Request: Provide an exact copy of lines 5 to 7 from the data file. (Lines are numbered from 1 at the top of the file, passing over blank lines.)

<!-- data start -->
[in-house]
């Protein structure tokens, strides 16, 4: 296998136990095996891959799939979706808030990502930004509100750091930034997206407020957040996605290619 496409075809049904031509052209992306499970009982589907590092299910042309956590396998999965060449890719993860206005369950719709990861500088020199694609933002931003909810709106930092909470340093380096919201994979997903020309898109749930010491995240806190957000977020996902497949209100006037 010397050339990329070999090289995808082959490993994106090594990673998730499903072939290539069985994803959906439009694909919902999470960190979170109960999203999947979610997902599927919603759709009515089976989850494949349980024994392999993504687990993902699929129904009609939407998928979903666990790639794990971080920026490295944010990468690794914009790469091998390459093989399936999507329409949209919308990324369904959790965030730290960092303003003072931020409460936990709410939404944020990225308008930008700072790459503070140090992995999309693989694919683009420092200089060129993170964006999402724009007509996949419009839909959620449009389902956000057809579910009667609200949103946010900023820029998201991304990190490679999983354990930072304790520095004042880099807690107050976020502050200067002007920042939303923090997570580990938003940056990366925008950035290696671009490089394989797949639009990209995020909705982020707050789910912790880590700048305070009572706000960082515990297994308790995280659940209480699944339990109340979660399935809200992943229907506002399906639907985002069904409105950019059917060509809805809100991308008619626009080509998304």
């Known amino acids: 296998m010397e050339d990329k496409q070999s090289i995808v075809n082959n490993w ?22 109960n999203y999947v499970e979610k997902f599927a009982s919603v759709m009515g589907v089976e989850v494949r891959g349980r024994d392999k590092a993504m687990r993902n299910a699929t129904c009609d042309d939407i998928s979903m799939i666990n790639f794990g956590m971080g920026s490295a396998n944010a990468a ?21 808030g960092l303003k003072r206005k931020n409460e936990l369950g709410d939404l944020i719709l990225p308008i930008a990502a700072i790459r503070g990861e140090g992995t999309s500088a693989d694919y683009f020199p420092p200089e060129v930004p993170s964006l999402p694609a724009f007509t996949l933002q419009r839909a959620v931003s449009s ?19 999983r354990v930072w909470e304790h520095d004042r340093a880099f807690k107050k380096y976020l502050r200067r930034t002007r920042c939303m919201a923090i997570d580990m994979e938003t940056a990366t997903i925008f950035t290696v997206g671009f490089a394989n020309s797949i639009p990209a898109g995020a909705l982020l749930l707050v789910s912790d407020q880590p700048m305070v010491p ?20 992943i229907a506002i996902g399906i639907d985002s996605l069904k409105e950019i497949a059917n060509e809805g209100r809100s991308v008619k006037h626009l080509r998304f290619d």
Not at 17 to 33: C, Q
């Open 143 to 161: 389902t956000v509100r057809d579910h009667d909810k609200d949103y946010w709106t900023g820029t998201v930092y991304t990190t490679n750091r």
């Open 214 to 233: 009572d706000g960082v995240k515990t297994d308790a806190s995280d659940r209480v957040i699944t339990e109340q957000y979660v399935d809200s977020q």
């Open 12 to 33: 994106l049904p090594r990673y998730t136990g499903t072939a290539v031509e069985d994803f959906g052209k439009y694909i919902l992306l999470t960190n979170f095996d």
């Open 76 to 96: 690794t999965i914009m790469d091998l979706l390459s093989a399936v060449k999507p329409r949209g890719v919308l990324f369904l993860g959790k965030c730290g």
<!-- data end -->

């Open 143 to 161: 389902t956000v509100r057809d579910h009667d909810k609200d949103y946010w709106t900023g820029t998201v930092y991304t990190t490679n750091r």
């Open 214 to 233: 009572d706000g960082v995240k515990t297994d308790a806190s995280d659940r209480v957040i699944t339990e109340q957000y979660v399935d809200s977020q």
């Open 12 to 33: 994106l049904p090594r990673y998730t136990g499903t072939a290539v031509e069985d994803f959906g052209k439009y694909i919902l992306l999470t960190n979170f095996d």